A dose of COVID-19 vaccine is prepared at a vaccination clinic in Montreal’s Olympic Stadium on Tuesday, Feb. 23, 2021. THE CANADIAN PRESS/Paul Chiasson
39 new cases of COVID-19 in Interior Health region

The total number of cases in the region since the pandemic began is now at 7,334

A rainbow shining on Kelowna General Hospital on May 12, 2020 International Nurses Day. (Steve Wensley - Prime Light Media)
New COVID cases trending down in Interior Health

24 new cases reported Thursday, Feb. 25, death at Kelowna General Hospital

(File Photo)
Crash causes delays on Coquihalla southbound, travel advisory issued

A vehicle incident between Merrit and Hope has caused major delays heading south

A nurse performs a test on a patient at a drive-in COVID-19 clinic in Montreal, on Wednesday, October 21, 2020. (THE CANADIAN PRESS/Paul Chiasson)
30 new COVID-19 cases, five more deaths in Interior Health

This brings the total number of cases to 7,271 since testing began

FILE – A COVID-19 vaccine being prepared. (Olivia Sullivan/Sound Publishing)
B.C. seniors 80 years and older to get COVID vaccine details over next 2 weeks: Henry

Province is expanding vaccine workforce as officials ramp up age-based rollout

Pig races at the 145th annual Chilliwack Fair on Aug. 12, 2017. Monday, March 1, 2021 is Pig Day. (Jenna Hauck/ Chilliwack Progress file)
Unofficial holidays: Here’s what people are celebrating for the week of Feb. 28 to March 6

Pig Day, Canadian Bacon Day and Grammar Day are all coming up this week

Staff from the Marine Mammal Rescue Centre, passersby, RCMP and Nanaimo Fire Rescue carried a sick 300-kilogram steller sea lion up the steep bluff at Invermere Beach in north Nanaimo in an attempt to save the animal’s life Thursday. (Photo courtesy Marine Mammal Rescue Centre)
300-kilogram sea lion muscled up from B.C. beach in rescue attempt

Animal dies despite efforts of Nanaimo marine mammal rescue team, emergency personnel and bystanders

Kara Sorensen, diagnosed with lung cancer in July, says it’s important for people to view her as healthy and vibrant, rather than sick. (Photo courtesy of Karen Sorensen)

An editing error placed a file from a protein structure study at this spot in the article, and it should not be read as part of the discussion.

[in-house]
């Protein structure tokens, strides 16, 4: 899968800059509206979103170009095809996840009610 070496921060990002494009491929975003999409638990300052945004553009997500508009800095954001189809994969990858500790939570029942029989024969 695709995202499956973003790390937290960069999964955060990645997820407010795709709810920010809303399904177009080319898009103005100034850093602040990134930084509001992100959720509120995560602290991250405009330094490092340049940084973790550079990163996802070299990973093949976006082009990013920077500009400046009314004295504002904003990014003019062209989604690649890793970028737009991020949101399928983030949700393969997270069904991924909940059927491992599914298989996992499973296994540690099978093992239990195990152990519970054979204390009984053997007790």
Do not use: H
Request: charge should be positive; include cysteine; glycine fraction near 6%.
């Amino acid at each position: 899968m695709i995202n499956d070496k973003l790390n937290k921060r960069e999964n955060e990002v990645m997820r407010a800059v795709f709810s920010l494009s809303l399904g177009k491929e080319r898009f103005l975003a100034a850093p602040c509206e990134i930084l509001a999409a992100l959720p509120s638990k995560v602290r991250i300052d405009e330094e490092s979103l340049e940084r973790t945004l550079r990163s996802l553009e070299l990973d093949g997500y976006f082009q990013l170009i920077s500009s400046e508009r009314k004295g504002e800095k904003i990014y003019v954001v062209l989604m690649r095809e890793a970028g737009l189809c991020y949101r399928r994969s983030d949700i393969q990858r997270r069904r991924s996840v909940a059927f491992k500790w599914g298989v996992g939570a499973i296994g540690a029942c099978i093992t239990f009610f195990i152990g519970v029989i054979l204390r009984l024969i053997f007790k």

B.C. woman must seek treatment overseas for inoperable lung cancer

Fundraising page launched on Karen Sorensen’s behalf, with a goal of $250,000

Gina Adams as she works on her latest piece titled ‘Undying Love’. (Submitted photo)
‘Toothless’ the kitty inspires B.C. wood carver to break out the chainsaw

Inspired by plight of a toothless cat, Gina Adams offers proceeds from her artwork to help animals

B.C. Finance Minister Selina Robinson presents bill to delay B.C.’s budget as late as April 30, and allow further spending before that, B.C. legislature, Dec. 8, 2020. (Hansard TV)
How big is B.C.’s COVID-19 deficit? We’ll find out April 20

More borrowing expected as pandemic enters second year

The first of 11 Dash 8 Q400 aircraft's have arrived in Abbotsford. Conair Group Inc. will soon transform them into firefighting airtankers. (Submitted)
Abbotsford’s Conair begins airtanker transformation

Aerial firefighting company creating Q400AT airtanker in advance of local forest fire season

The Canada Revenue Agency says there were 32 tax fraud convictions across the country between April 2019 and March 2020. (Pixabay)
Vancouver man sentenced to 29 months, fined $645K for tax evasion, forgery

Michael Sholz reportedly forged documents to support ineligible tax credits linked to homeownership

Then-Liberal leader Andrew Wilkinson looks on as MLA Shirley Bond answers questions during a press conference at Legislature in Victoria. (Chad Hipolito / THE CANADIAN PRESS)
B.C. Liberal party to choose next leader in February 2022

Candidates have until Nov. 30 to declare whether they are running

After nearly 10 months of investigations, Mounties have made an arrest in the tripping of an elderly woman in Burnaby this past April. (RCMP handout)
VIDEO: Mounties charge suspect for tripping elderly woman near Metrotown in April

32-year-old Hayun Song is accused of causing bodily harm to an 84-year-old using her walker

Most Read